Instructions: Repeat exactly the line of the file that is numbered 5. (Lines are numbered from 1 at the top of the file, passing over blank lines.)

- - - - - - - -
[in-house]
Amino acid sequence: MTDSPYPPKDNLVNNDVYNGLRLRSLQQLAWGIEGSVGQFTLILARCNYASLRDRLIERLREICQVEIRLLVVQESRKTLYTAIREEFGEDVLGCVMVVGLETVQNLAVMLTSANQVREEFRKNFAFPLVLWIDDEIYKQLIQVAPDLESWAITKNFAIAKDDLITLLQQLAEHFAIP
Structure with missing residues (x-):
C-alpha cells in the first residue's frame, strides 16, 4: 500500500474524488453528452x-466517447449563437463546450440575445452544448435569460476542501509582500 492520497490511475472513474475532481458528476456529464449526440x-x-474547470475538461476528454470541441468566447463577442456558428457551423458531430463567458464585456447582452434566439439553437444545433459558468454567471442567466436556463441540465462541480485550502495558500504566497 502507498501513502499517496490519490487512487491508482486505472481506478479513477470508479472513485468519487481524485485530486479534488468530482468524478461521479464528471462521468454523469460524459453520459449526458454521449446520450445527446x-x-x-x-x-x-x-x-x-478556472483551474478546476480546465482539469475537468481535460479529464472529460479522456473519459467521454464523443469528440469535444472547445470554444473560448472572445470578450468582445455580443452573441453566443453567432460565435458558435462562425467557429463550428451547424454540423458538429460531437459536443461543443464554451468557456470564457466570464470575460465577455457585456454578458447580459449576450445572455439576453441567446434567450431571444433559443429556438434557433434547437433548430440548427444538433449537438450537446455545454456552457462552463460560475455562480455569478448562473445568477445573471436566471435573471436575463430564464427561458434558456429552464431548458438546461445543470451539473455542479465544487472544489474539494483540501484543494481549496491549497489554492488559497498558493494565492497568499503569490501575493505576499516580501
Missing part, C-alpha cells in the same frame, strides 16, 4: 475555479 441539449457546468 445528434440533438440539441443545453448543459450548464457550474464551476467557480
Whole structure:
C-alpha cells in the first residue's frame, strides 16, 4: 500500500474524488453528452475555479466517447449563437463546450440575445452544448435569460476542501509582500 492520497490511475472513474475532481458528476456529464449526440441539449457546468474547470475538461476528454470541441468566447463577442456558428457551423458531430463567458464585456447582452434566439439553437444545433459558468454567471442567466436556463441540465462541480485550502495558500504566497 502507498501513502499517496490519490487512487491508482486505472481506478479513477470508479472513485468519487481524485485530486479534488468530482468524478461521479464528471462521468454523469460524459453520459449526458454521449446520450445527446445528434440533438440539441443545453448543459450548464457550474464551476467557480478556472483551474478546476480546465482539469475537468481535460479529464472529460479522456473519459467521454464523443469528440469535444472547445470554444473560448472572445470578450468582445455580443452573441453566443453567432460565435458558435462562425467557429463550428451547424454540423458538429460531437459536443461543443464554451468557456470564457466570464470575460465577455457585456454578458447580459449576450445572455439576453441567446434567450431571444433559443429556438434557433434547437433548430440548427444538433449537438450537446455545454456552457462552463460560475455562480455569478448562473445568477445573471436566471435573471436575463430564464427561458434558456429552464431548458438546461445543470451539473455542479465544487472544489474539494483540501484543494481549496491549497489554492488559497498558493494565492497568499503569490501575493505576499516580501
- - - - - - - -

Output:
Missing part, C-alpha cells in the same frame, strides 16, 4: 475555479 441539449457546468 445528434440533438440539441443545453448543459450548464457550474464551476467557480